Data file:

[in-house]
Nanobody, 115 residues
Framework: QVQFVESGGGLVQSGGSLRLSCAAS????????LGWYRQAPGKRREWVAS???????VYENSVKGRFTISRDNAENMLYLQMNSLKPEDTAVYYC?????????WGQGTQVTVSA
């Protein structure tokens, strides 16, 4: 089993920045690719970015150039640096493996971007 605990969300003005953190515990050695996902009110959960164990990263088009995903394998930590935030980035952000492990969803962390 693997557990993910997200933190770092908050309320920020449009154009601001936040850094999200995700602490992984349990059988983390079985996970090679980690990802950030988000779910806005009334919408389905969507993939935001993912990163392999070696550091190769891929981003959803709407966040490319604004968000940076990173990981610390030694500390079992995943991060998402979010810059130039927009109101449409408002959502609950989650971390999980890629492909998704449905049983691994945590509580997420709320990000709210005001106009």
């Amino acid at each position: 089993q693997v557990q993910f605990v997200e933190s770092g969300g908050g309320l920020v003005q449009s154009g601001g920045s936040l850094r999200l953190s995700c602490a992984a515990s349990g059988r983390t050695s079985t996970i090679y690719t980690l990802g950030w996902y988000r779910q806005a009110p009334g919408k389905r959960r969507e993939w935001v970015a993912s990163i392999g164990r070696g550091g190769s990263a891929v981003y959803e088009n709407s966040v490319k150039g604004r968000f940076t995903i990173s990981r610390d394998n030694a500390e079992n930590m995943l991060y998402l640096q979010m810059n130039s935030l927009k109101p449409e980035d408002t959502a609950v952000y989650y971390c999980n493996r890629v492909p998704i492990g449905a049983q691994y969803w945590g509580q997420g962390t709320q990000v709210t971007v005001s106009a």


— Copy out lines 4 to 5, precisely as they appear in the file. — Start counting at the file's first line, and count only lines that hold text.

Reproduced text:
């Protein structure tokens, strides 16, 4: 089993920045690719970015150039640096493996971007 605990969300003005953190515990050695996902009110959960164990990263088009995903394998930590935030980035952000492990969803962390 693997557990993910997200933190770092908050309320920020449009154009601001936040850094999200995700602490992984349990059988983390079985996970090679980690990802950030988000779910806005009334919408389905969507993939935001993912990163392999070696550091190769891929981003959803709407966040490319604004968000940076990173990981610390030694500390079992995943991060998402979010810059130039927009109101449409408002959502609950989650971390999980890629492909998704449905049983691994945590509580997420709320990000709210005001106009």
């Amino acid at each position: 089993q693997v557990q993910f605990v997200e933190s770092g969300g908050g309320l920020v003005q449009s154009g601001g920045s936040l850094r999200l953190s995700c602490a992984a515990s349990g059988r983390t050695s079985t996970i090679y690719t980690l990802g950030w996902y988000r779910q806005a009110p009334g919408k389905r959960r969507e993939w935001v970015a993912s990163i392999g164990r070696g550091g190769s990263a891929v981003y959803e088009n709407s966040v490319k150039g604004r968000f940076t995903i990173s990981r610390d394998n030694a500390e079992n930590m995943l991060y998402l640096q979010m810059n130039s935030l927009k109101p449409e980035d408002t959502a609950v952000y989650y971390c999980n493996r890629v492909p998704i492990g449905a049983q691994y969803w945590g509580q997420g962390t709320q990000v709210t971007v005001s106009a």